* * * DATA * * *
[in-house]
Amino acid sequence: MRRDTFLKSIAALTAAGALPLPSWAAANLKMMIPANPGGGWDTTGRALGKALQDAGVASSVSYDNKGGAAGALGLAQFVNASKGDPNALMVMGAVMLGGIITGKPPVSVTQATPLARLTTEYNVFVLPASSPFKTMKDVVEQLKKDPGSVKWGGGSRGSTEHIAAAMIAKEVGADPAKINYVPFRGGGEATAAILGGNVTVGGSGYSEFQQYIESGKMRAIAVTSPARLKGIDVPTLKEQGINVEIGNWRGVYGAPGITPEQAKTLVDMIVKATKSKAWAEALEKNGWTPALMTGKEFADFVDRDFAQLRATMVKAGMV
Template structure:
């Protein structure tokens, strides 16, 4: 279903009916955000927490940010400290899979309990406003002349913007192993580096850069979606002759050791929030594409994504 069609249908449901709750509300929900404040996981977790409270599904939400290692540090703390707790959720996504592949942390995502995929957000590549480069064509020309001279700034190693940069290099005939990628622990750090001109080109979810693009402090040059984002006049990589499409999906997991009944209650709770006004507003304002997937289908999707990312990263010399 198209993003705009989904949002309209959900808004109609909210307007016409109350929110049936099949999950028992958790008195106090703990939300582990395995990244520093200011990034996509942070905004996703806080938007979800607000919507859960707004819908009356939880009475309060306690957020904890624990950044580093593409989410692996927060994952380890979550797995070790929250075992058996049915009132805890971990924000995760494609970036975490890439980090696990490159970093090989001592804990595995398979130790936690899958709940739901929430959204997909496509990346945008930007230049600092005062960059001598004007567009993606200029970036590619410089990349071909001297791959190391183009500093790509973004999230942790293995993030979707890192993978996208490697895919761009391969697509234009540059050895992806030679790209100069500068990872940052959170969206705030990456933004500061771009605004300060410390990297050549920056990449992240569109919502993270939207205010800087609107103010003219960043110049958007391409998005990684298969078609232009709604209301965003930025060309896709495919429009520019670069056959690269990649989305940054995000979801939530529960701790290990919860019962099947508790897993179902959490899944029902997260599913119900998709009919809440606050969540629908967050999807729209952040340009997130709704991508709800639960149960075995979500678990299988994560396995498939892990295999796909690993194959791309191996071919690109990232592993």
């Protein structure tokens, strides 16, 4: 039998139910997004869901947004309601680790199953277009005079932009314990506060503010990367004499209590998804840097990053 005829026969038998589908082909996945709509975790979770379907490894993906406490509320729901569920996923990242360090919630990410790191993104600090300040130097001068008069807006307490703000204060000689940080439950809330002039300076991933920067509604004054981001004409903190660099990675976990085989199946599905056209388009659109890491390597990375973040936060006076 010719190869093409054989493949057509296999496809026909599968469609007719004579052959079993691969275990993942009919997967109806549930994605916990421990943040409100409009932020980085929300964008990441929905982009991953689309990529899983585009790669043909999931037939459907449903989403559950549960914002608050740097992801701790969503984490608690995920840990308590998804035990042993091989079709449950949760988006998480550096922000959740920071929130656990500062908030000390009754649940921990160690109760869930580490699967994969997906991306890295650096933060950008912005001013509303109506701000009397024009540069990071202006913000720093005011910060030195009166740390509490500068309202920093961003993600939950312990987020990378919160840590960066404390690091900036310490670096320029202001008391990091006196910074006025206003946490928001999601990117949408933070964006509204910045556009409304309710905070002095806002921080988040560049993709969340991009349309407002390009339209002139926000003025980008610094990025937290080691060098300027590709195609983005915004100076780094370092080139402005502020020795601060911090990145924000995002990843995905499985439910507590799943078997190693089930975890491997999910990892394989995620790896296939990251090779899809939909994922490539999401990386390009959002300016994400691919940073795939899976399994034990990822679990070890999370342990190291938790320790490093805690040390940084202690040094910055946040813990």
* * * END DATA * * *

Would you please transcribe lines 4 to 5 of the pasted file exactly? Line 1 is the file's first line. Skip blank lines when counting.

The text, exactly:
């Protein structure tokens, strides 16, 4: 279903009916955000927490940010400290899979309990406003002349913007192993580096850069979606002759050791929030594409994504 069609249908449901709750509300929900404040996981977790409270599904939400290692540090703390707790959720996504592949942390995502995929957000590549480069064509020309001279700034190693940069290099005939990628622990750090001109080109979810693009402090040059984002006049990589499409999906997991009944209650709770006004507003304002997937289908999707990312990263010399 198209993003705009989904949002309209959900808004109609909210307007016409109350929110049936099949999950028992958790008195106090703990939300582990395995990244520093200011990034996509942070905004996703806080938007979800607000919507859960707004819908009356939880009475309060306690957020904890624990950044580093593409989410692996927060994952380890979550797995070790929250075992058996049915009132805890971990924000995760494609970036975490890439980090696990490159970093090989001592804990595995398979130790936690899958709940739901929430959204997909496509990346945008930007230049600092005062960059001598004007567009993606200029970036590619410089990349071909001297791959190391183009500093790509973004999230942790293995993030979707890192993978996208490697895919761009391969697509234009540059050895992806030679790209100069500068990872940052959170969206705030990456933004500061771009605004300060410390990297050549920056990449992240569109919502993270939207205010800087609107103010003219960043110049958007391409998005990684298969078609232009709604209301965003930025060309896709495919429009520019670069056959690269990649989305940054995000979801939530529960701790290990919860019962099947508790897993179902959490899944029902997260599913119900998709009919809440606050969540629908967050999807729209952040340009997130709704991508709800639960149960075995979500678990299988994560396995498939892990295999796909690993194959791309191996071919690109990232592993």
């Protein structure tokens, strides 16, 4: 039998139910997004869901947004309601680790199953277009005079932009314990506060503010990367004499209590998804840097990053 005829026969038998589908082909996945709509975790979770379907490894993906406490509320729901569920996923990242360090919630990410790191993104600090300040130097001068008069807006307490703000204060000689940080439950809330002039300076991933920067509604004054981001004409903190660099990675976990085989199946599905056209388009659109890491390597990375973040936060006076 010719190869093409054989493949057509296999496809026909599968469609007719004579052959079993691969275990993942009919997967109806549930994605916990421990943040409100409009932020980085929300964008990441929905982009991953689309990529899983585009790669043909999931037939459907449903989403559950549960914002608050740097992801701790969503984490608690995920840990308590998804035990042993091989079709449950949760988006998480550096922000959740920071929130656990500062908030000390009754649940921990160690109760869930580490699967994969997906991306890295650096933060950008912005001013509303109506701000009397024009540069990071202006913000720093005011910060030195009166740390509490500068309202920093961003993600939950312990987020990378919160840590960066404390690091900036310490670096320029202001008391990091006196910074006025206003946490928001999601990117949408933070964006509204910045556009409304309710905070002095806002921080988040560049993709969340991009349309407002390009339209002139926000003025980008610094990025937290080691060098300027590709195609983005915004100076780094370092080139402005502020020795601060911090990145924000995002990843995905499985439910507590799943078997190693089930975890491997999910990892394989995620790896296939990251090779899809939909994922490539999401990386390009959002300016994400691919940073795939899976399994034990990822679990070890999370342990190291938790320790490093805690040390940084202690040094910055946040813990």